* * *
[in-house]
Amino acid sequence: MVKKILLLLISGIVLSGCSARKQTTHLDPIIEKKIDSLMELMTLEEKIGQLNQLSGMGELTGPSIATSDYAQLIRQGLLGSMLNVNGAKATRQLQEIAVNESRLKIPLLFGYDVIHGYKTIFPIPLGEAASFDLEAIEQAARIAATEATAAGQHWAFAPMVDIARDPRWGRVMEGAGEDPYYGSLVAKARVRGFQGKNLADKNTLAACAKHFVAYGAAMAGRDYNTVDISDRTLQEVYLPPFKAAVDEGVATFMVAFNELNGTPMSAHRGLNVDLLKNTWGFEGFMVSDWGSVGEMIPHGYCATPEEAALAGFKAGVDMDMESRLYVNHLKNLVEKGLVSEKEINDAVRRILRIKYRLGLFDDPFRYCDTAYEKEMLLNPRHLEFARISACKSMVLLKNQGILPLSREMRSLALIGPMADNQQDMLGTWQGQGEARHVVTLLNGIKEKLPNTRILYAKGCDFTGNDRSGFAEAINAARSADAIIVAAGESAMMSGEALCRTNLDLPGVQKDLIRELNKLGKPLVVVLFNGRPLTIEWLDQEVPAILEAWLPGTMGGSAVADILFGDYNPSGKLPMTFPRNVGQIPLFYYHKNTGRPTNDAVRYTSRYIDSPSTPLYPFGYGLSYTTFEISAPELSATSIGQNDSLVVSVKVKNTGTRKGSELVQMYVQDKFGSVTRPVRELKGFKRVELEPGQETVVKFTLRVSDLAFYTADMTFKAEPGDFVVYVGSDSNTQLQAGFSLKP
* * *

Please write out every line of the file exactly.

[in-house]
Amino acid sequence: MVKKILLLLISGIVLSGCSARKQTTHLDPIIEKKIDSLMELMTLEEKIGQLNQLSGMGELTGPSIATSDYAQLIRQGLLGSMLNVNGAKATRQLQEIAVNESRLKIPLLFGYDVIHGYKTIFPIPLGEAASFDLEAIEQAARIAATEATAAGQHWAFAPMVDIARDPRWGRVMEGAGEDPYYGSLVAKARVRGFQGKNLADKNTLAACAKHFVAYGAAMAGRDYNTVDISDRTLQEVYLPPFKAAVDEGVATFMVAFNELNGTPMSAHRGLNVDLLKNTWGFEGFMVSDWGSVGEMIPHGYCATPEEAALAGFKAGVDMDMESRLYVNHLKNLVEKGLVSEKEINDAVRRILRIKYRLGLFDDPFRYCDTAYEKEMLLNPRHLEFARISACKSMVLLKNQGILPLSREMRSLALIGPMADNQQDMLGTWQGQGEARHVVTLLNGIKEKLPNTRILYAKGCDFTGNDRSGFAEAINAARSADAIIVAAGESAMMSGEALCRTNLDLPGVQKDLIRELNKLGKPLVVVLFNGRPLTIEWLDQEVPAILEAWLPGTMGGSAVADILFGDYNPSGKLPMTFPRNVGQIPLFYYHKNTGRPTNDAVRYTSRYIDSPSTPLYPFGYGLSYTTFEISAPELSATSIGQNDSLVVSVKVKNTGTRKGSELVQMYVQDKFGSVTRPVRELKGFKRVELEPGQETVVKFTLRVSDLAFYTADMTFKAEPGDFVVYVGSDSNTQLQAGFSLKP